5) Improvement in the Economy
Policymakers considered the establishment of public enterprises as a suitable strategy to enhance the economy in both developed and developing countries. There appeared to be an economic consensus around the world accepting public enterprises as an inevitable part of the economy, especially to manage natural monopolies and also the core industry.
Objectives of Disinvestment
The objectives of disinvestment are as follows:
1) Get Rid of Bureaucratic Setup
In the public sector, management has no right to make decisions. Major decisions, primarily concerning politics, are within the ministers’ purview and often experience prolonged procedures, causing delays. Thus, they cause shrinkage in the productivity level and under-utilisation of production capacity.
2) Get Rid of Uneconomic Price Policy
In India, various political, social and other non-economic considerations determine the price of public utility services such as transport, irrigation, electricity, water, etc., instead of determining them on a commercial principles basis. In several cases, the intentional pricing of products is lower than their production costs. The different forms of losses can be remedied through privatization.
3) Reduce Burden on the Government
There are more than 50 public sector enterprises that are incurring losses. This has created an unnecessary burden on the government. No one is interested, neither the management nor anyone, else in the profits and losses made by the government. Therefore, privatisation has been supported by the government to reduce its economic burden.
4) Gain Advantage of Capitalism
The government has decided to promote privatisation after considering the successful stories of capitalism in the countries like U.S.A., Singapore, Hong Kong, Korea, etc., and its related advantages such as a rise in competence, technological advancement, and increase in productivity.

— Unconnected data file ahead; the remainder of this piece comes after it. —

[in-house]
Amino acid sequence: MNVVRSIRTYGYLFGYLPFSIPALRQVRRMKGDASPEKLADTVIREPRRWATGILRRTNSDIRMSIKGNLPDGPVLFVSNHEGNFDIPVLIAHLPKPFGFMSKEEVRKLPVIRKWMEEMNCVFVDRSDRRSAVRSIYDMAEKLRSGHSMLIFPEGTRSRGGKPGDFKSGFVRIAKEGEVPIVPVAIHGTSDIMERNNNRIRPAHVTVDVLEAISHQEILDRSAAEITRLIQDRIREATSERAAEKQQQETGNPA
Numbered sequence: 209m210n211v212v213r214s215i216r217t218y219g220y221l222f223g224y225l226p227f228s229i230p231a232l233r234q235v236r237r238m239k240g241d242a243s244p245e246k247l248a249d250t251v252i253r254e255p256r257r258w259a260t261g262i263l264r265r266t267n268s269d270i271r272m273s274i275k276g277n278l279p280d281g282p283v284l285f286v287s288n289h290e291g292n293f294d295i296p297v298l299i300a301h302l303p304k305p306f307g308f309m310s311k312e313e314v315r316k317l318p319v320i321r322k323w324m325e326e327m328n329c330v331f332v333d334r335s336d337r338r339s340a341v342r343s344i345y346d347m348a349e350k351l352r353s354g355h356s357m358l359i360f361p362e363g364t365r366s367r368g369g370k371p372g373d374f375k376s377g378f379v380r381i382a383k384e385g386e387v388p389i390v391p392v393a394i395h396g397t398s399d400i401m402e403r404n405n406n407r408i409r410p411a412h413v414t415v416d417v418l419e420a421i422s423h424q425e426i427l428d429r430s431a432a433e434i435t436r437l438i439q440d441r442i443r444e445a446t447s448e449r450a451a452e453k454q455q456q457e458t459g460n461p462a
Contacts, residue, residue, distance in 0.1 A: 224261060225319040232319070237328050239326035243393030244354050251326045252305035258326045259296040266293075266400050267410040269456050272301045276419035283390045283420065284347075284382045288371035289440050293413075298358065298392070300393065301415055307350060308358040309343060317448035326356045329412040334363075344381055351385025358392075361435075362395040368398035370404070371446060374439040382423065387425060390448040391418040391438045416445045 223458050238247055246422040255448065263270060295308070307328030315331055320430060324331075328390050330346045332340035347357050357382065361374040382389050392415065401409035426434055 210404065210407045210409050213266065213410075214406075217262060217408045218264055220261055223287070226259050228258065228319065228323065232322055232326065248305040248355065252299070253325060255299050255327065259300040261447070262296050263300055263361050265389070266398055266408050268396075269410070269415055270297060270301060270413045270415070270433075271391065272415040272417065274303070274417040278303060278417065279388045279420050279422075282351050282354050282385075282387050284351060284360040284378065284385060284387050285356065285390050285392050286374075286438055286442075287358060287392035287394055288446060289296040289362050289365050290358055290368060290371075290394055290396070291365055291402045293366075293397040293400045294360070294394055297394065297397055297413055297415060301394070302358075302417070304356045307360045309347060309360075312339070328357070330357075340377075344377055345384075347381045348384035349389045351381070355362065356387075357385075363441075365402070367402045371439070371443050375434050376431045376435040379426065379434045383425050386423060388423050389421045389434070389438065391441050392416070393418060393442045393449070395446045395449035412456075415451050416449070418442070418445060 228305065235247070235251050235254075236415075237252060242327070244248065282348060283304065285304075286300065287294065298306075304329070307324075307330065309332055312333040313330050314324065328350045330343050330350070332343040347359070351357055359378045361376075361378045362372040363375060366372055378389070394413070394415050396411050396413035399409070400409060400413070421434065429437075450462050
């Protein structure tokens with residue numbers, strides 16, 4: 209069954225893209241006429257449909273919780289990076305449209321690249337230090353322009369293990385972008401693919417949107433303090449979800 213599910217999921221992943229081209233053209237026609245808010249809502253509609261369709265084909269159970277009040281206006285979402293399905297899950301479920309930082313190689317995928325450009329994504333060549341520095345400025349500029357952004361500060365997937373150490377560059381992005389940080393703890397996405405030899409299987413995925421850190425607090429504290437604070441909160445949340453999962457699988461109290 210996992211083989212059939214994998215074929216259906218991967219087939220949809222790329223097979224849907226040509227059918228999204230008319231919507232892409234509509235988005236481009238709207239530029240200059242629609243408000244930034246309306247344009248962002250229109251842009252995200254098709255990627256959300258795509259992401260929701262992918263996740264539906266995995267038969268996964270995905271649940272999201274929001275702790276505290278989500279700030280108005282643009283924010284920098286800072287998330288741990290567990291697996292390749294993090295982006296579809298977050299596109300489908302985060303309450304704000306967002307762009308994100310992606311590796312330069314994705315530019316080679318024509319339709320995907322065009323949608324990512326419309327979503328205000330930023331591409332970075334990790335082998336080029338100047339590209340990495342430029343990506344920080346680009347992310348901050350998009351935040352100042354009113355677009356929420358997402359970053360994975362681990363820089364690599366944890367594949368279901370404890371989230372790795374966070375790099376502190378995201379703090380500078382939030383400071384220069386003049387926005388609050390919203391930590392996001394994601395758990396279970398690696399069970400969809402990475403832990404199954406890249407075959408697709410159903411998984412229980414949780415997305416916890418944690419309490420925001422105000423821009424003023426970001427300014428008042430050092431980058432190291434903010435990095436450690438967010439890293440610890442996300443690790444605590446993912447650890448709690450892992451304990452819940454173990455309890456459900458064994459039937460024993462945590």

5) To Solve the Financial Crisis of the Government
The Government has a shortage of funds for developing adequate infrastructure in the country. This condition of financial crisis can be sorted out by selling the government shares at profitable prices to the private sector.
6) For Promoting Globalisation
As foreign investors and entrepreneurs prefer to do business with private companies, privatisation helps in promoting globalization worldwide. Through globalisation, a country can avail the benefits of advanced technology and foreign investment.
7) Releasing Large Amounts of Public Resources
Releasing public resources is the foremost objective of disinvestment. This enables the government to utilise these resources in places where they are highly required for the development of society like healthcare, family welfare, primary education, basic infrastructure, etc.
8) For Promoting Industrial Growth
Due to insufficient availability of capital, the government realised that it would not be possible to meet all the expenses of developing small and heavy industries. Thus, privatisation was supported by the government to promote the industrial growth.